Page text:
Coastal structures are structures that are constructed near the coastal areas for different purposes. Different types of coastal structures are constructed under different circumstances but the criteria to be used for the selection and design of specific types of coastal structures must be authentic and comply with the standards. There are various sets of criteria that need to be considered in the selection and design of coastal structures.
- Structural Stability Criteria
- Functional Performance Criteria
1. Structural Stability Criteria for Coastal Structures
These two areas are of primary concern for the selection and evaluation of coastal structures. Structural stability criteria are usually associated with extreme environmental conditions, which may cause severe damage to or failure of a coastal structure. These stability criteria are, therefore, related to episodic events in the environment (severe storms, hurricanes, earthquakes) and are often evaluated on the basis of risk of encounter probabilities. A simple method for evaluating the likelihood of encountering an extreme environmental event is to calculate the encounter probability (Ep) as:
where TR = the return period
L = the design life of the structure (see Borgman, 1963)
Typical Example of Coastal Structure
The greatest limitation to structural stability criteria selection is the need for a long-term database on critical environmental variables sufficient enough to determine reasonable return periods for extreme events.
For example, coastal wave data for U.S. coasts is geographically sparse, and in most locations where it exists the period of collection is in the order of 10 years. Since most coastal structures have a design life well in excess of 10 years, stability criteria selection often relies on the extrapolation of time-limited data or statistical modeling of environmental processes.
2. Functional Performance Criteria
Functional performance criteria are generally related to the desired effects of a coastal structure. These criteria are usually provided as specifications for design such as the maximum acceptable wave height inside a harbor breakwater system or the minimum number of years for the protective lifetime of a beach nourishment fill project. Functional performance criteria are most often subject to compromise because of initial costs. The U.S. Army Shore Protection Manual (1984) provides a complete discussion of coastal structures, their use, design, and limitation. A P-C-based support system entitled Automated Coastal Engineering System (ACES) is also available through the USAE Waterways Experiment Station, Coastal and Hydraulics Laboratory, Vicksburg, MS 39180-6199.
Structural Design Criteria for Coastal Structures
The design of coastal structures, such as seawalls, breakwaters, and groins, requires careful consideration of the specific coastal environment, wave conditions, sediment transport, and other factors. Here are some of the common structural design criteria for coastal structures:
1. Design Wave Conditions:
The design of coastal structures begins with an assessment of the wave conditions, including wave height, period, direction, and storm surge levels. This information is used to determine the design wave loadings that the structure needs to withstand.
2. Design Water Levels:
The design water levels account for factors like mean sea level, tidal variations, storm surge, and wave run-up. The structure needs to be designed to resist the forces and pressures exerted by these water levels, including wave overtopping.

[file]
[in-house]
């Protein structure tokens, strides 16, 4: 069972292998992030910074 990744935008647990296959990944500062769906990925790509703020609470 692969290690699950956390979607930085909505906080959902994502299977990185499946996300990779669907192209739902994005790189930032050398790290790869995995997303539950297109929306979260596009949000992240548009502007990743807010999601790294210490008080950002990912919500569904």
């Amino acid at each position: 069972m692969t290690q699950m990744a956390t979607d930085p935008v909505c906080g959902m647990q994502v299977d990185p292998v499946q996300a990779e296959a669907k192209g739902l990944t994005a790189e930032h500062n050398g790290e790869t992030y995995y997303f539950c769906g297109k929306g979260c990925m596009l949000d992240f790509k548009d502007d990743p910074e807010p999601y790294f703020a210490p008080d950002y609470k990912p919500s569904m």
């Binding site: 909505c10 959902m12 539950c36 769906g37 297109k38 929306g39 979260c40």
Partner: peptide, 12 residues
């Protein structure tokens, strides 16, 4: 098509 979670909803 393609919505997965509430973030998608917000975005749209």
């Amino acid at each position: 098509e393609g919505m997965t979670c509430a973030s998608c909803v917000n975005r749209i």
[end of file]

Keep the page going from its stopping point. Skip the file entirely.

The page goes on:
3. Structural Stability:
Coastal structures must be designed to resist wave forces, wave-induced currents, and water pressure. Stability analyses consider factors such as overturning, sliding, and bearing capacity of the foundation. Stability measures may include factors of safety against these failure modes.
4. Structural Materials:
The selection of appropriate materials for coastal structures is crucial. The materials must be resistant to corrosion from saltwater exposure and durable in the harsh coastal environment. Common materials include reinforced concrete, steel, or composite materials.
5. Foundation Design:
The design of the foundation depends on the soil conditions at the site. Geotechnical investigations are conducted to determine the soil properties, bearing capacity, and potential for erosion or scour. The foundation design ensures that the structure is adequately supported and stable.
6. Climate Change Considerations:
With the increasing concerns of climate change, coastal structures are often designed with consideration for future sea-level rise, changes in storm patterns, and coastal erosion. Long-term planning and adaptation measures are incorporated into the design to ensure the structure's resilience and longevity.
7. Sediment Transport:
Coastal structures can affect sediment transport patterns along the coastline. The design must consider the potential impacts on sediment movement and beach erosion or accretion. Strategies such as beach nourishment or sediment bypassing may be employed to mitigate adverse effects.
Coastal structures should be designed with minimal environmental impact. Considerations may include preserving natural habitats, minimizing disruption to marine life, and incorporating features that enhance ecological functions.
It's important to note that specific design criteria may vary depending on the location, project objectives, and local regulations. Consulting with experienced coastal engineers and adhering to relevant design codes and guidelines are essential for ensuring the safety and effectiveness of coastal structures.